The Library of Congress National Audio-Visual Conservation Center, Packard Campus presents “Mostly Lost 6: A Film Identification Workshop” on June 15-17, 2017 in Culpeper, Virginia. “Mostly Lost” will feature the screenings of unidentified, under-identified or misidentified silent and early sound films.Early film experts and archivists are encouraged to attend, but the workshop is also open to anyone willing to actively help identify and research the films showcased at the workshop. In addition to films from the Library of Congress’s collections, “Mostly Lost” features material from other film archives around the world. Throughout the event there will also be presentations about The Destruction of Some American Silent Features, The Lost Origins of Silent Horror Icons, William Fox and the Fox Film Corporation, as well as others. Live musical accompaniment during the workshop and evening presentations of silent films will also be featured.
This festival sounds like an amazing opportunity for those with an eye for film treasure, and a riot even for the amateur.

Tickets are available on eventbrite.

Sunday, April 30, 2017

Take a study break with a short streaming film!

Sure you could surrender your study breaks to Hulu, but AU also has streaming access to many short films that are arresting, important, and worth seeing. Here are three you might enjoy:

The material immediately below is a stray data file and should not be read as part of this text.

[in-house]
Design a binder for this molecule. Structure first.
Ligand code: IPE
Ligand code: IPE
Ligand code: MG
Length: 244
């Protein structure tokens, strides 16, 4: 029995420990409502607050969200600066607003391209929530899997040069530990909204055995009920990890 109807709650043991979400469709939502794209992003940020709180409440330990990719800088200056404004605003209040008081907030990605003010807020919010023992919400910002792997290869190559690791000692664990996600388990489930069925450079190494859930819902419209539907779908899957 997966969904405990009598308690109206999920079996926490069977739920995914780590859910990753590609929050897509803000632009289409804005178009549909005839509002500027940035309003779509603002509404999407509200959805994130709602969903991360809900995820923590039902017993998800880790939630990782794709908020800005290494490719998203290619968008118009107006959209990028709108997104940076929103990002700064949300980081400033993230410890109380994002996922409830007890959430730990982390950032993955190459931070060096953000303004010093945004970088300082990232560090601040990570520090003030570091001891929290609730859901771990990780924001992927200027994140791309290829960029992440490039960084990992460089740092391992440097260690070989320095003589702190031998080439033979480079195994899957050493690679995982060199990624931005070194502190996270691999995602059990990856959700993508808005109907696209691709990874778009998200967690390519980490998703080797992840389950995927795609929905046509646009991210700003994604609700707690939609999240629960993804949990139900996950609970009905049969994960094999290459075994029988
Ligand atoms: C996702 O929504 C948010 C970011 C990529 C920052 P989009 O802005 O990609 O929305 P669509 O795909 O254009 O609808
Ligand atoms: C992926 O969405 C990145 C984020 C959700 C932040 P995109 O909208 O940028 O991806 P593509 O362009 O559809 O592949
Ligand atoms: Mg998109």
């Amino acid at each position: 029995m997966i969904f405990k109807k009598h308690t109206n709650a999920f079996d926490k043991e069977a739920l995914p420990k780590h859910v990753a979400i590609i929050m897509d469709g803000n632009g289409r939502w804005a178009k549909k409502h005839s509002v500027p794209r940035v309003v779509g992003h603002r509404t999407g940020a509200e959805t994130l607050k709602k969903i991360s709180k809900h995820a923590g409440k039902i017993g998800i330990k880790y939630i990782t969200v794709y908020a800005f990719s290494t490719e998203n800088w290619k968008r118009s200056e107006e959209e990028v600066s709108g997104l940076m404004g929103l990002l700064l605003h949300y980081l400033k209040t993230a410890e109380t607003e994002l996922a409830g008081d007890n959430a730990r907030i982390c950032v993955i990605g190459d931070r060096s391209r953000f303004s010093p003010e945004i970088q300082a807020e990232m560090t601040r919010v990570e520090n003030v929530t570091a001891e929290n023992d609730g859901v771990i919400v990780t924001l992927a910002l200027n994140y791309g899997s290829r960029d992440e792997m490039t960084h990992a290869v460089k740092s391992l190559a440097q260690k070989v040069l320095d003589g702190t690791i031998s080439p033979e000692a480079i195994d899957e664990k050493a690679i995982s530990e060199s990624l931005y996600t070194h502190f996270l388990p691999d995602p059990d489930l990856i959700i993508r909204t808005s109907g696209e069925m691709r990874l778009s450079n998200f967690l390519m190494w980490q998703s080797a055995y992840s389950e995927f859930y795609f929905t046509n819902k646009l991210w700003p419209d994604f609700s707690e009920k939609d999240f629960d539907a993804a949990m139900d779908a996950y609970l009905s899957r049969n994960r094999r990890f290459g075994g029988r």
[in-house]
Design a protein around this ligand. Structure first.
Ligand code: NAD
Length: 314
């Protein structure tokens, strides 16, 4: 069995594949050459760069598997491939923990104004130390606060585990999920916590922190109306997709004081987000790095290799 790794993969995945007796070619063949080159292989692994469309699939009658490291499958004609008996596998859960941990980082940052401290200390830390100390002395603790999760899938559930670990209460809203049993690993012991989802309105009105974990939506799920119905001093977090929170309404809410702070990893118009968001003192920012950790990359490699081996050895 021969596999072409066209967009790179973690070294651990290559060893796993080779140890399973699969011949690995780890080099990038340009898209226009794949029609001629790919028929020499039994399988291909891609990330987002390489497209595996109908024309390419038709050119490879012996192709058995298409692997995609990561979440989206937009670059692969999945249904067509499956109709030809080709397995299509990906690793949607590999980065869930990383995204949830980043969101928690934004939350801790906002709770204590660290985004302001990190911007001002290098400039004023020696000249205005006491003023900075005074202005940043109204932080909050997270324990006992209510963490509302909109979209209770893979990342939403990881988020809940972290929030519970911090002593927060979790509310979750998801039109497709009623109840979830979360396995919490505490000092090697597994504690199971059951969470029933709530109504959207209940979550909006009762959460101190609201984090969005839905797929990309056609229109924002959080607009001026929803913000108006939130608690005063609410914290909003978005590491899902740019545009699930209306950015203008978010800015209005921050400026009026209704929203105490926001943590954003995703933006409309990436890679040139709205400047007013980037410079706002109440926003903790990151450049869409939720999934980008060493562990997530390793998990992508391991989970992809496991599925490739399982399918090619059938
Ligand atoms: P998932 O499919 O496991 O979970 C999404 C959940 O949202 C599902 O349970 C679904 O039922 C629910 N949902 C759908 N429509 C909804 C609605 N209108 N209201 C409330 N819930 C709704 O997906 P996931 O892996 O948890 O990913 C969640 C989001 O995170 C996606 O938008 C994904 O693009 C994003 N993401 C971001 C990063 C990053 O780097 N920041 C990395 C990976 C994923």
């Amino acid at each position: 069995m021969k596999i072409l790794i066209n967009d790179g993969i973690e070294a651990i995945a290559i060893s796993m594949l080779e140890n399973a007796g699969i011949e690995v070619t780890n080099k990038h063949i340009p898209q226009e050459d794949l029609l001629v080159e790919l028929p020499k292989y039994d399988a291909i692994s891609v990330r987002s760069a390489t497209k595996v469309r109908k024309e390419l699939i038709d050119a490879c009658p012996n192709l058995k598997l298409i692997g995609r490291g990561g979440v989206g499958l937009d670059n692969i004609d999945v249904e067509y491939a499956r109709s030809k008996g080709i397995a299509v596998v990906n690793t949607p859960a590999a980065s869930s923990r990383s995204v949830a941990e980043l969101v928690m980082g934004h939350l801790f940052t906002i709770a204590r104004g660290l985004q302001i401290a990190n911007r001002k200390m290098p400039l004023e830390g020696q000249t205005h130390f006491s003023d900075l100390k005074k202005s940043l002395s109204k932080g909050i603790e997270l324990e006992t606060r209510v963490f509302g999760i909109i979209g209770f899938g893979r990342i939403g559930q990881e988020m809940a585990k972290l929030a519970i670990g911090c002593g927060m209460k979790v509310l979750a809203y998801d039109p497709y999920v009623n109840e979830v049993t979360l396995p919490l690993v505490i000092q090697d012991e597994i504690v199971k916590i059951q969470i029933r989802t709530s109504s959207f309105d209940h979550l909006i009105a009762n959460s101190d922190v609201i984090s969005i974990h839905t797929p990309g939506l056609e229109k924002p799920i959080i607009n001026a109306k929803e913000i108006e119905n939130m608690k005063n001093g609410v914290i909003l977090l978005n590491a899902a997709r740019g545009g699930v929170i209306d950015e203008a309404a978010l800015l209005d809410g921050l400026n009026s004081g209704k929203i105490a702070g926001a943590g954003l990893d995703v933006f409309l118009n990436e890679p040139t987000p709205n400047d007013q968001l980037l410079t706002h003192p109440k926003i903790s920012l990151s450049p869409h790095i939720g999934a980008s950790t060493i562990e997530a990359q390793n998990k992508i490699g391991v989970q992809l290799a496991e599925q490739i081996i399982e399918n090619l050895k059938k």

A Trip to the Moon (13 minutes): This drama, by director Georges Melies, features Victor Andre, Bleuette Bernon, and Brunnet in a beautifully restored black and white edition of the 1902 film about a voyage to the moon in a rocket ship.

La Jetee (27 minutes): Chris Marker, filmmaker, poet, novelist, photographer, editor, and now videographer and digital multimedia artist, has been challenging moviegoers, philosophers, and himself for years with his complex queries about time, memory, and the rapid advancement of life on this planet. Marker’s La JetĂ©e is one of the most influential, radical science-fiction films ever made, a tale of time travel told in still images.

The Red Balloon (34 minutes): Albert Lamorisse’s exquisite The red balloon remains one of the most beloved children’s films of all time. In this deceptively simple, nearly wordless tale, a young boy discovers a stray balloon, which seems to have a mind of its own, on the streets of Paris. The two become inseparable, yet the world’s harsh realities finally interfere. With its glorious palette and allegorical purity, the Academy Award, winning The red balloon has enchanted movie lovers, young and old, for generations.

Happy Studying!

Thursday, April 20, 2017

Check out this silent version of 20,000 Leagues Under the Sea on Viki:

This was the first motion picture filmed underwater! As Wikipedia states:

Actual underwater cameras were not used, but a system of watertight tubes and mirrors allowed the camera to shoot reflected images of underwater scenes staged in shallow sunlit waters. (,000_Leagues_Under_the_Sea_(1916_film))
Here in Media Services, we of course have the 1954 Disney version (HU DVD 10179):